WITH the growing prevalence of technologies and virtual forums like instant messaging, texting and social media, on-screen communication is nearly replacing face-to-face dialogue – and the accompanying loss of non-verbal cues such as inflection and body language is leading to an upsurge of bad manners and hurt feelings.
In fact, more than three in four respondents report rising incivility online and two in five admit to blocking, unsubscribing, or “unfriending” someone due to an argument they had via social media.
The Human Edge (a South African training and consulting company) principal consultant Helene Vermaak says according to research undertaken by international partner VitalSmarts, social networks are becoming increasingly hostile.
Last week’s Twitter storm over cricketer Herschelle Gibbs tweet about the cricket bat in the Oscar Pistorius trial, for example, raised hackles for its flippant tone: “Just saw my signature on the bat used by the accused in Oscar trial … lol #neveradullmoment'” he tweeted from his Twitter handle @hershybru.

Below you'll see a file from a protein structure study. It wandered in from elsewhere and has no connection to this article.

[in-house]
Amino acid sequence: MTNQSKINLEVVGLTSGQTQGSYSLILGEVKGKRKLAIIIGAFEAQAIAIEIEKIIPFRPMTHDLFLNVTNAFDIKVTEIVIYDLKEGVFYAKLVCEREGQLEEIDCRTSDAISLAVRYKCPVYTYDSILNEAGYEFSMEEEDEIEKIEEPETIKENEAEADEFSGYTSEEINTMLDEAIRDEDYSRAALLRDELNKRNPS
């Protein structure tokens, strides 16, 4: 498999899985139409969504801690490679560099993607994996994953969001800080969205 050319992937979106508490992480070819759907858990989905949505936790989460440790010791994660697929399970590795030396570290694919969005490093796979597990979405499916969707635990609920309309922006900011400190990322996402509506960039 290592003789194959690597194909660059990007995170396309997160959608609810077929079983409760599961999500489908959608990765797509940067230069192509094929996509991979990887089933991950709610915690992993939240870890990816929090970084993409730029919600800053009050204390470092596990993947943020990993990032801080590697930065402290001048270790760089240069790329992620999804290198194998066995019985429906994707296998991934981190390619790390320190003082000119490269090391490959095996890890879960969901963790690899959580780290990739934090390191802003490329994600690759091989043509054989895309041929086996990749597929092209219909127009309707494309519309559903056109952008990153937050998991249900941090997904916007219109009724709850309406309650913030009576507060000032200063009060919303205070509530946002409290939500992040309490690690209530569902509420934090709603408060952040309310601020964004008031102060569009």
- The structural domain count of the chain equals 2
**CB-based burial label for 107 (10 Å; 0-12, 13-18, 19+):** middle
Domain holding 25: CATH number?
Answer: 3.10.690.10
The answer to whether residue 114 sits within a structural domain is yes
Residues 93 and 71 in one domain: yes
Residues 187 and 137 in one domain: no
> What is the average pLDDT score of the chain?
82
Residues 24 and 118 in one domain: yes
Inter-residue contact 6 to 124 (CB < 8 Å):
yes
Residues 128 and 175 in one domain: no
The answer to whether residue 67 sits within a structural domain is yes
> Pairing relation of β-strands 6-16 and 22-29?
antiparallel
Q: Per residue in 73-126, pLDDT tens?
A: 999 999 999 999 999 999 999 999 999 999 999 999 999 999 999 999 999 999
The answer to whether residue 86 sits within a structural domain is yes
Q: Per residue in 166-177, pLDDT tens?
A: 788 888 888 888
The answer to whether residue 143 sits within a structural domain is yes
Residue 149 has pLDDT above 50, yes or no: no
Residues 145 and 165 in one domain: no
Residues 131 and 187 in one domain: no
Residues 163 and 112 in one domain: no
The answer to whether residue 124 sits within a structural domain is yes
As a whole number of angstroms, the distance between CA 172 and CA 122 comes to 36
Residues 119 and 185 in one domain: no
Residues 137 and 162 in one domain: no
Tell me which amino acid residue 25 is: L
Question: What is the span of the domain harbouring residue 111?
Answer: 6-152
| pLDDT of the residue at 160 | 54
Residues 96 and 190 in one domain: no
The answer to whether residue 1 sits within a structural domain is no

The backlash was so instant his girlfriend was later reported as saying Gibbs had “signed thousands of cricket bats in the past and he has never officially met Oscar or been friends with him”.
She also addressed the issue on Twitter on his behalf, writing: “Dear media: @hershybru’s ‘lol’ merely expressed the irony of the bat he’d signed that appeared in court today and was not disrespecting anyone.”
Vermaak warns users on pitfalls they may not have considered: “Social media has enabled us to link with people in and out of our social circles and ultimately develop relationships in ways that weren’t possible before,” Vermaak says.
“But as with all new things, etiquette and rules around how to use these platforms haven’t caught up with the massive growth in usage.”